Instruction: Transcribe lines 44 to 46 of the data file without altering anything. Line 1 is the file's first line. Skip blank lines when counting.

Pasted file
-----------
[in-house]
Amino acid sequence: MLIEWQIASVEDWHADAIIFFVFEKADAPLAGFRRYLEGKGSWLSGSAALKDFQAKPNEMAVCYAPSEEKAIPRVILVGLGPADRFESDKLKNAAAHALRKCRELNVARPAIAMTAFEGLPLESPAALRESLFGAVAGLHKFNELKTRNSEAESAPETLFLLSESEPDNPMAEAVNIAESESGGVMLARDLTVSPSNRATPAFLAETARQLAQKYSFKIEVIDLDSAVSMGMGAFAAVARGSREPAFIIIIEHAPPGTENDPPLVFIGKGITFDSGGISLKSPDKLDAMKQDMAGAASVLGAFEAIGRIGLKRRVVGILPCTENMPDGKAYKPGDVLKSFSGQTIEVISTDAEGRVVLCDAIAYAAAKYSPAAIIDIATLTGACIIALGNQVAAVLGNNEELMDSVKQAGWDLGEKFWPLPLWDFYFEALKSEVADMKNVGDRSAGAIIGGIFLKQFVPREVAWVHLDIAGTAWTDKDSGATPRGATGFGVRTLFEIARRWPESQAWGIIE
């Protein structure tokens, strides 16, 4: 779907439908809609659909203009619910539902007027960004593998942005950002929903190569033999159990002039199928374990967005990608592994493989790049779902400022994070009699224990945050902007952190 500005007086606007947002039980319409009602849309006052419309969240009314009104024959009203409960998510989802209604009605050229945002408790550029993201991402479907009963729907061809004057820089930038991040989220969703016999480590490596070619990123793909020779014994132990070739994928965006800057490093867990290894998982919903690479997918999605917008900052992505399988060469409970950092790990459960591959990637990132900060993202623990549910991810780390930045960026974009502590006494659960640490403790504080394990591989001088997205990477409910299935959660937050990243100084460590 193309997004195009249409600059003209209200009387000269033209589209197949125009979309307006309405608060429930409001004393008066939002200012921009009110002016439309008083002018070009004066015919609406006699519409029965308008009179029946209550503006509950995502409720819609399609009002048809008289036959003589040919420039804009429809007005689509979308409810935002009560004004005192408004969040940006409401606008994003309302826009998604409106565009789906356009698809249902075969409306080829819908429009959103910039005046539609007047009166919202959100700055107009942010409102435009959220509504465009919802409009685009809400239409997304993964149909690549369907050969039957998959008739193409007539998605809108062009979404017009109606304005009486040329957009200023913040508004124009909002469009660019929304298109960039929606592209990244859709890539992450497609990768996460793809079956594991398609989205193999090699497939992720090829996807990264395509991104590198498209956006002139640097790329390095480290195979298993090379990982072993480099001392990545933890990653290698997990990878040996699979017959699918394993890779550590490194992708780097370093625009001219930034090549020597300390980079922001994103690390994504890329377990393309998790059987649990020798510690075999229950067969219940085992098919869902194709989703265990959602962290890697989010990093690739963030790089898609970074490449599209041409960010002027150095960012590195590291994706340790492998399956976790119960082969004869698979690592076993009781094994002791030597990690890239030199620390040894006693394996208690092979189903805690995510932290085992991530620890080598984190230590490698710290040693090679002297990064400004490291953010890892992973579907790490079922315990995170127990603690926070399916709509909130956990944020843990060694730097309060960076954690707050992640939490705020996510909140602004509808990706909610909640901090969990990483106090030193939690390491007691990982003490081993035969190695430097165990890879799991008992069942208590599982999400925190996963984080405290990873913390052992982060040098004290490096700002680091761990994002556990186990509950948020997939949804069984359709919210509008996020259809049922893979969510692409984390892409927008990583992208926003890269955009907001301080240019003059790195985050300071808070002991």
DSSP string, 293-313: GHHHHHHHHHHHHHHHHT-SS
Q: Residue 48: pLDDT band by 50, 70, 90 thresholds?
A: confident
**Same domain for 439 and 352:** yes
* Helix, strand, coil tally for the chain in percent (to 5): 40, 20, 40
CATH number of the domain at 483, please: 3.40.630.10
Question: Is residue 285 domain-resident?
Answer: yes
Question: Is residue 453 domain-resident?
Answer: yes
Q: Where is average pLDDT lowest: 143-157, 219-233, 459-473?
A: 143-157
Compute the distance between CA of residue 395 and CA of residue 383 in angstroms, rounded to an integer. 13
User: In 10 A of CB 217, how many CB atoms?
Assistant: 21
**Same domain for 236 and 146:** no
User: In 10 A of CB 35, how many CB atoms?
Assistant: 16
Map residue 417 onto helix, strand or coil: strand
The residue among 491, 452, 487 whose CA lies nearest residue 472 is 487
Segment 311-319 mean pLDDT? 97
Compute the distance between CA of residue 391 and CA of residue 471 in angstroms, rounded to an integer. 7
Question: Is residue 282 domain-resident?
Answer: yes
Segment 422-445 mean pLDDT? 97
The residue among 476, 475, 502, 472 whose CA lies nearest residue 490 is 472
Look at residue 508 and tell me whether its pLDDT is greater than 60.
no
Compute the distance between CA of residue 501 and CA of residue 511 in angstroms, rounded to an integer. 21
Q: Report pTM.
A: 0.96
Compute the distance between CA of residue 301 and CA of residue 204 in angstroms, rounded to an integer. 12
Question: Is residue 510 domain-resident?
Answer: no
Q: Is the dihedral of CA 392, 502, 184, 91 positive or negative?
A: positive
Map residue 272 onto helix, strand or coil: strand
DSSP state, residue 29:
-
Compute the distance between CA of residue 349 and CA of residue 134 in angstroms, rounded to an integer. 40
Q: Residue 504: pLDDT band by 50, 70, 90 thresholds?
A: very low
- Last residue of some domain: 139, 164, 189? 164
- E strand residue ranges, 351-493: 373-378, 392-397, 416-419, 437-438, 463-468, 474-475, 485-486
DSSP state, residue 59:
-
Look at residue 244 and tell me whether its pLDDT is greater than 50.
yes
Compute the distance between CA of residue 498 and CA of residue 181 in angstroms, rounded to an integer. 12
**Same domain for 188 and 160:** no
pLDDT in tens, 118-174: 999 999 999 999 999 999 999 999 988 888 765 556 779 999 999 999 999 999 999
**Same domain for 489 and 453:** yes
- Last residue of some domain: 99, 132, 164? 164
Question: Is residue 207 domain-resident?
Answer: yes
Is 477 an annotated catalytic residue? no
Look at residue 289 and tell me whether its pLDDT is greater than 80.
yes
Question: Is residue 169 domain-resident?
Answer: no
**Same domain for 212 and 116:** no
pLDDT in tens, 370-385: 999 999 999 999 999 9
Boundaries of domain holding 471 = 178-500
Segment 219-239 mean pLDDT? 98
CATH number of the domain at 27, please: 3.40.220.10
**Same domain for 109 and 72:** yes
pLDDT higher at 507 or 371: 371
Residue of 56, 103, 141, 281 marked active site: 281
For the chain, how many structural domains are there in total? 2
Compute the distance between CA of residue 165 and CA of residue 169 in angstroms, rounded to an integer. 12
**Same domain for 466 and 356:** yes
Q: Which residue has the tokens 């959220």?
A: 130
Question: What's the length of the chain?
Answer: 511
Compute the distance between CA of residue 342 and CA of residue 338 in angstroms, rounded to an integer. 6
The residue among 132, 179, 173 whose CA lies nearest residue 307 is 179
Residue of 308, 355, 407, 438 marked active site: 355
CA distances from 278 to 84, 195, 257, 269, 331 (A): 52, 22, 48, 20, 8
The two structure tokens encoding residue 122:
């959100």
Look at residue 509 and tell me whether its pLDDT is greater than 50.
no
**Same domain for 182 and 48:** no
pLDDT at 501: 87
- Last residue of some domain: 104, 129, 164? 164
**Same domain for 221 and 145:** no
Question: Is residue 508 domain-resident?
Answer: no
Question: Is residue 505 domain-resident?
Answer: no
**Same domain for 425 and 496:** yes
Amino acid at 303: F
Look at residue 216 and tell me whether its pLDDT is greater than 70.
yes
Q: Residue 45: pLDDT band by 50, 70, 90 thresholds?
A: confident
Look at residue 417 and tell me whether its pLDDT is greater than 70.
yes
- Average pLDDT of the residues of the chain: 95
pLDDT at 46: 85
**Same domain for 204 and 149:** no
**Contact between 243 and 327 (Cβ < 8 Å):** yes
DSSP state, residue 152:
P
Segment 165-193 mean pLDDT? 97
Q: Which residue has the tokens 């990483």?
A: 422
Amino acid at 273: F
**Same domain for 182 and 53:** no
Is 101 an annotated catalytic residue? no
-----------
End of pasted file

Q: Residue 504: pLDDT band by 50, 70, 90 thresholds?
A: very low
- Last residue of some domain: 139, 164, 189? 164